Mercedes C class
There used to be a time in India when the C class or the Baby Mercedes, as we called it back then, was the stepping stone to the elite Mercedes Benz club. Today, the Mercedes range has extended lower with entrants like the CLA and prices have shot up in this part of the compact sedan market, but the C class will continue as the bread and butter model for the manufacturer on a global level. A lot is riding on the shoulders of this W205 generation, so Mercedes took its sweet time developing it. We wanted to see how much of a game forward is this one compared to the outgoing model.
Every new C class is always deliberately styled to mimic the flagship S class, and this one is no different. The front end follows a similar design with shapely headlamps, stately grille and finely honed bonnet. The Indian version comes with the Avant garde grille with a large TriStar Mercedes logo placed at the centre. The adaptive headlamps have great detailing inside them much like the tail lamps. The side profile is characterized by purposeful wheel arches and prominent character lines. The sides and rear styling are even more similar to that of the S class; the only giveaway is the width difference between the two models. Having said that, the new C class feels suitably wide and has good presence on the road. The design also has an impressive coefficient drag of just 0.24.
Where the C class makes even more of an impression, is in the interiors. The cabin feels special with its beige leather, solid plastic and extravagant aluminium detailing. Be it the circular AC vents, or the classic analogue clock or the delicious speaker grills, every trim feels exquisite as it belongs to a segment above. The cascading centre console with its glossy wooden overlays feels a bit bland and I am still to get into grips with infotainment screens that stick out as an afterthought, but there isn’t anything else you can find wrong with the new C class’ cabin. It also comes fully loaded with electrically adjustable seats, an 8.4 inch screen, ambient lighting, a 13 speaker Burmester audio system, paddle shifts, rear camera, climate control and also selectable driving modes. It also gets Hill Start Assist, fuel saving Start/Stop function and an electric parking brake.
The front driver seat is a great place to be in and has memory function which includes the electric adjust for the under thigh support as well. The rear seats are comfortable for two adults, as the transmission tunnel doesn’t favour a third passenger. It is a bit short on headroom, but the overall ambience of the cabin makes it a pleasant place to be on long drives. Boot space is a reasonable 480 litres, but the C class comes with a spare wheel strapped on the boot floor in addition to the space saver, robbing it of some practicality.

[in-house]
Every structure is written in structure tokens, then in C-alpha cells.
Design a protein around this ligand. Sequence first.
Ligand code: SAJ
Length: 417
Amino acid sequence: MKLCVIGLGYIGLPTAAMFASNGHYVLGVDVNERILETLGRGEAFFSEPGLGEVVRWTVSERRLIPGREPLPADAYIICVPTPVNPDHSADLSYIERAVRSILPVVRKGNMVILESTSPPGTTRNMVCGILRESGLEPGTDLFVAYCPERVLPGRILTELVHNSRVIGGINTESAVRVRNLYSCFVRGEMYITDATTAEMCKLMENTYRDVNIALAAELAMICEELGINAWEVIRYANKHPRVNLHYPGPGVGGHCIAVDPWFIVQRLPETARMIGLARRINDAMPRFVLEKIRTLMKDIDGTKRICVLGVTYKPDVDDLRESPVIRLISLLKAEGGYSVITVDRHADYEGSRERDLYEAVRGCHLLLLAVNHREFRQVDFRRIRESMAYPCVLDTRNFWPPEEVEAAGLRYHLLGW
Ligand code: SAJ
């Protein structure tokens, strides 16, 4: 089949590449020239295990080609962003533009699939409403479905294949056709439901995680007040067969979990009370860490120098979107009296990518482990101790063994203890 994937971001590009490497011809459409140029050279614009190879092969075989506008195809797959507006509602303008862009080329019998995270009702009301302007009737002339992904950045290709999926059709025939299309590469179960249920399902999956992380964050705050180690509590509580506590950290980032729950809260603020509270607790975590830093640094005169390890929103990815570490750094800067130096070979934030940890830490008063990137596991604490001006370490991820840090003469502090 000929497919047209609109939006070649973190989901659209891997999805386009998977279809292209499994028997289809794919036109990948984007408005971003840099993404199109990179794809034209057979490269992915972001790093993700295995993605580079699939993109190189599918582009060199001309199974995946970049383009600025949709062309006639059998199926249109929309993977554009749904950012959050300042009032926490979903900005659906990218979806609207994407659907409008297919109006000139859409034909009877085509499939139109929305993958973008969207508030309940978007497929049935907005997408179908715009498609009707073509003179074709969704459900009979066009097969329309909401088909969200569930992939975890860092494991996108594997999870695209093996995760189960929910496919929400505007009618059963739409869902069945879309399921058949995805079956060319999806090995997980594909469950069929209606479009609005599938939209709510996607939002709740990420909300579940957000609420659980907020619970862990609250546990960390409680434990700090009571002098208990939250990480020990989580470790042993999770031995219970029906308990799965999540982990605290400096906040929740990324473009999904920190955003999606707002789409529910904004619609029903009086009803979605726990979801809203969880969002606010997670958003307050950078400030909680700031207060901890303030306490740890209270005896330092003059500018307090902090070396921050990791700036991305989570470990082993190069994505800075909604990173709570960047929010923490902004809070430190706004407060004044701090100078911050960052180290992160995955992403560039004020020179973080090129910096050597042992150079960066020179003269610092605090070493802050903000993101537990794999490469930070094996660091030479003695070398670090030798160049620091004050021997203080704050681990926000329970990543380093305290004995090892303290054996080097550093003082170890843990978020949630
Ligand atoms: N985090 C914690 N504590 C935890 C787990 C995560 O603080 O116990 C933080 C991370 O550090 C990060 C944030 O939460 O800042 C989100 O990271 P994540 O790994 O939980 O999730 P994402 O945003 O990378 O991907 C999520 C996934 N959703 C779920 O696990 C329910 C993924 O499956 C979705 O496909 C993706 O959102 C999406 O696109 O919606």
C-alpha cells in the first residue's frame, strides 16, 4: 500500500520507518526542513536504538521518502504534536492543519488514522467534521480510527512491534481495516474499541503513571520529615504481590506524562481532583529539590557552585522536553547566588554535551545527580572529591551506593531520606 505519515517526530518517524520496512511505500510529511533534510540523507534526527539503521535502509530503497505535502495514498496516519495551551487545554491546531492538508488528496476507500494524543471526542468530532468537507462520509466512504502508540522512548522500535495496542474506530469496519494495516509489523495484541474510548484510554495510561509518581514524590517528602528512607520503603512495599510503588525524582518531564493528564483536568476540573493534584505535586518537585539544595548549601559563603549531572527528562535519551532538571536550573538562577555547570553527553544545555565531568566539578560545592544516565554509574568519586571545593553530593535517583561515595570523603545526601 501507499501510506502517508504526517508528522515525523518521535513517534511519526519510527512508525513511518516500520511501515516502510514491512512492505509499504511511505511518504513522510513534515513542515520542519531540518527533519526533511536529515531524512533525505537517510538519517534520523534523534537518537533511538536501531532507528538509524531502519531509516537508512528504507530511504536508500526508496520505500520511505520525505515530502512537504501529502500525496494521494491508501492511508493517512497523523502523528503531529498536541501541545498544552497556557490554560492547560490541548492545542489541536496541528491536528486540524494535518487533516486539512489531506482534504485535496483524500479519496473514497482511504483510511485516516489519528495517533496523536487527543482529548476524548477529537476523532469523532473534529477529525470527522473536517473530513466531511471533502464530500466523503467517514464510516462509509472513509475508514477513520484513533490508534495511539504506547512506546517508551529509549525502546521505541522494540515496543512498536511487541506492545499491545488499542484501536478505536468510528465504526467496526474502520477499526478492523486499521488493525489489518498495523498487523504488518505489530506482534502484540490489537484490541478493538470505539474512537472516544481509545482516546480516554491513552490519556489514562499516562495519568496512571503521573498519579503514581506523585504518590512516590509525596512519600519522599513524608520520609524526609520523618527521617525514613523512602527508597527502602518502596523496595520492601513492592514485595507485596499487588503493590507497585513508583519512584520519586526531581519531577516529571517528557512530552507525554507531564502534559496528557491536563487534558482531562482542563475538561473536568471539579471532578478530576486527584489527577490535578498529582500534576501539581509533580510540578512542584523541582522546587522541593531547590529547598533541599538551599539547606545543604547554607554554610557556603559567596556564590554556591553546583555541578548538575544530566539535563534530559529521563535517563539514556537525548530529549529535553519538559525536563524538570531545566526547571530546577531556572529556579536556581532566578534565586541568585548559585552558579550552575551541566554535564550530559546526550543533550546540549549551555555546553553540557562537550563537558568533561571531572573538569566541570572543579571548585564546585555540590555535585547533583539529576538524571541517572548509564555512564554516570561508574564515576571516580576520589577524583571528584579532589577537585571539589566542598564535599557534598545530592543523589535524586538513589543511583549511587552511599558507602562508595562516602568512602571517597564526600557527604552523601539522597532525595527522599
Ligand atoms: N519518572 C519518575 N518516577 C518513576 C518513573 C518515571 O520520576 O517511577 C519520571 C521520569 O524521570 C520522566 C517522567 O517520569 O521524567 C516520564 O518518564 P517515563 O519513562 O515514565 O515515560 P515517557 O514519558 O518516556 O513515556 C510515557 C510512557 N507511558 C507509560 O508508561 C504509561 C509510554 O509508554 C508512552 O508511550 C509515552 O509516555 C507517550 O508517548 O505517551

The C Class we tested was the C 200 CGI with a turbo petrol motor which was the one they launched it with, but these days you can buy a diesel too. The petrol engine is a 2.0 litre four cylinder with 180 bhp and a commendable 300N-M torque most of which is delivered lower down the rev range. It is a smooth unit and delivers a good surge under full acceleration. The ‘Agility Select’ button lets you choose from various driving modes like Eco, Comfort, Sport and Sport Plus. While doing that doesn’t have any effect on the handling of the Indian model, which uses regular coil springs instead of air suspension, it varies the steering assist, throttle response, and the way the 7-speed automatic gearbox changes gears. Comfort mode is for daily driving, while Eco puts an emphasis on making the throttle less sharp and turns down the air conditioner a notch, for maximum efficiency. Sport and Sport Plus make the car feel much more eager on the throttle and hold on to each gear for longer. Although it delivers seamless upshifts and now comes with paddle shifters, the 7GTRONIC or as Merc likes to call its gearbox, now feels a generation old. Downshifts take time and the unhurried nature of the gearbox is quite evident when you are driving it hard.
Although it is not the most fun to drive car around, the new C feels even better to drive than its predecessor. The chassis has a grown up feel to the way it tackles varying road surfaces. The ride has an underlying firmness to it, but it has great bump absorption and very well contained body movements, contributing to a comfortable drive. The steering on this new model, though electrically assisted now, doesn’t feel artificial. It is very accurate, has great response, and helps to place the car well on the road.
The new C class comes with loads of safety features including seven airbags, ESP with curve dynamic assist, ABS, ARS (traction control) and brake assist. At around Rs.48 lakhs on road for the model we tested, the new C class is a lot more expensive than its predecessor, but it makes up with more kit, better quality and overall nicer driving experience.